In the middle of the price range, these offer excellent performance and durability. More lightweight than plastic, a fiberglass blade might chip, but it usually won’t crack all the way through. Rigid fiberglass blades are efficient in the water.

Carbon-Fiber Blades

If you’re willing to pay top dollar for top performance, go with carbon-fiber. Truly ultralight, it’s also ultrastiff for excellent energy transfer with each stroke.


Shaft Materials

Plastic shafts are rare. Aluminum, the most wallet-friendly shaft material, is durable and serviceable. It can also get really cold or hot, so you might want to glove-up before you grab it in cold weather, and you should stow it in the shade when it’s hot out.

Carbon and fiberglass shafts are durable, strong and lightweight. Pairing one of those shaft materials with either of those lightweight composite blade materials creates your most lightweight and efficient paddle option—and the price will reflect that level of performance.



Blade Design

example of an asymmetrical dihedral kayak paddle
Most paddle blades these days feature an asymmetrical dihedral shape.

An asymmetrical blade is relatively narrow and shorter on one side. That angles it so the surface area of the blade is more uniform when it’s pushing though the water.

You can spot a dihedral blade by the rib down its center. This allows water to flow smoothly and evenly over both halves of the blade. Blades without this flutter more, which can make it more difficult to track straight.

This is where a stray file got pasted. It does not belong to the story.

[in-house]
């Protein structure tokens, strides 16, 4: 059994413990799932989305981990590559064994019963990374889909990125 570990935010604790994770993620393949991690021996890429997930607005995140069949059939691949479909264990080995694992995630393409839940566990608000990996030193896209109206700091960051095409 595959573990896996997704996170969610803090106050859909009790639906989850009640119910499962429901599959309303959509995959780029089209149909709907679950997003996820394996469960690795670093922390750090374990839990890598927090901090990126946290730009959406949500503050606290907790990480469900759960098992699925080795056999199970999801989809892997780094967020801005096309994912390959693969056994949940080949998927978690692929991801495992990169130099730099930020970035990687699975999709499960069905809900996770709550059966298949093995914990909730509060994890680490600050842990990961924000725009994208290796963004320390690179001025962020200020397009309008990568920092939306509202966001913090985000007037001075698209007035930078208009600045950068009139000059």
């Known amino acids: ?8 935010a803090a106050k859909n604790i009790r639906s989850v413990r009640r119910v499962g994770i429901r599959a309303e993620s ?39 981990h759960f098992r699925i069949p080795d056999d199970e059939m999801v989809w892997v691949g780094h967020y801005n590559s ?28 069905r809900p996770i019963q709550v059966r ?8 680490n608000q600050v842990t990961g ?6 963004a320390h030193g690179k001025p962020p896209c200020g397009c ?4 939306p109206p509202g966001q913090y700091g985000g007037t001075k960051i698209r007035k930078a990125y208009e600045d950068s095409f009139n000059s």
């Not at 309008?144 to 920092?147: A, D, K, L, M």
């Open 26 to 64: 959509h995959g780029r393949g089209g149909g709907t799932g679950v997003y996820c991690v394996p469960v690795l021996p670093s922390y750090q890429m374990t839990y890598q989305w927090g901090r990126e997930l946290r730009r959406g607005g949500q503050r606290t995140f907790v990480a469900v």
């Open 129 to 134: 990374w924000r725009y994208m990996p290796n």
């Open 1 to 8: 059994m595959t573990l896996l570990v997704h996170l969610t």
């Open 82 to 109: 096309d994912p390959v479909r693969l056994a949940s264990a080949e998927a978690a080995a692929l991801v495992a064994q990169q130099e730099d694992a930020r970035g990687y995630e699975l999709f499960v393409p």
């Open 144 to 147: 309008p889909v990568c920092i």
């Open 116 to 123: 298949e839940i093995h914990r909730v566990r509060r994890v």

Because they’re lighter, narrower blades are comfortable for long stretches of paddling; that’s especially helpful on a full-day tour or a multiday trip.

Wider blades lend themselves to quick powerful strokes that let you accelerate quickly. Kayaking surfers often prefer them for this reason. Some specialized fishing blades also include a J-shaped notch in the blade to retrieve snared fishing lines and hooks.



Shaft Design

an example of a straight and bent kayak paddle shaft
Straight shaft or bent shaft? Bent-shaft paddles have a “kinked” section that positions hands at a more comfortable angle during the power portion of a stroke, which minimizes discomfort and fatigue in your joints. If you’re changing from a straight-shaft paddle to a bent-shaft paddle, plan on a day on the water to adjust your stroke technique.


examples of a two-piece kayak paddle and a four-piece kayak paddle
Two-piece or four-piece? Both are designed to break down for easier storage. A model with a four-piece shaft simply has shorter sections, so it’s good if you’re hiking somewhere with a portable kayak or taking your paddle on a plane.

Small-diameter shafts offer a less fatiguing grip for paddlers with small hands. If you can’t touch your thumb and index finger together when you grab a paddle, this is you. Shafts aren’t made in multiple diameters: They’re either standard or small diameter.


example of feathered and non-feathered kayak paddles


Blades are either feathered or matched. Matched, or unfeathered, blades are aligned with each other. Feathered blades are not on the same plane; they are offset at an angle to each other, which reduces wind resistance on the blade that’s out of the water.

Almost all paddle shafts allow you to rotate them to be matched or feathered. They also allow you to easily adjust the amount of feathering, typically in 15-degree increments. A few let you adjust them to any angle you want.

Note: The terms “right-hand control” and “left-hand control” refer to which hand rotates the shaft during a feathered stroke. Most paddles let you set it up either way.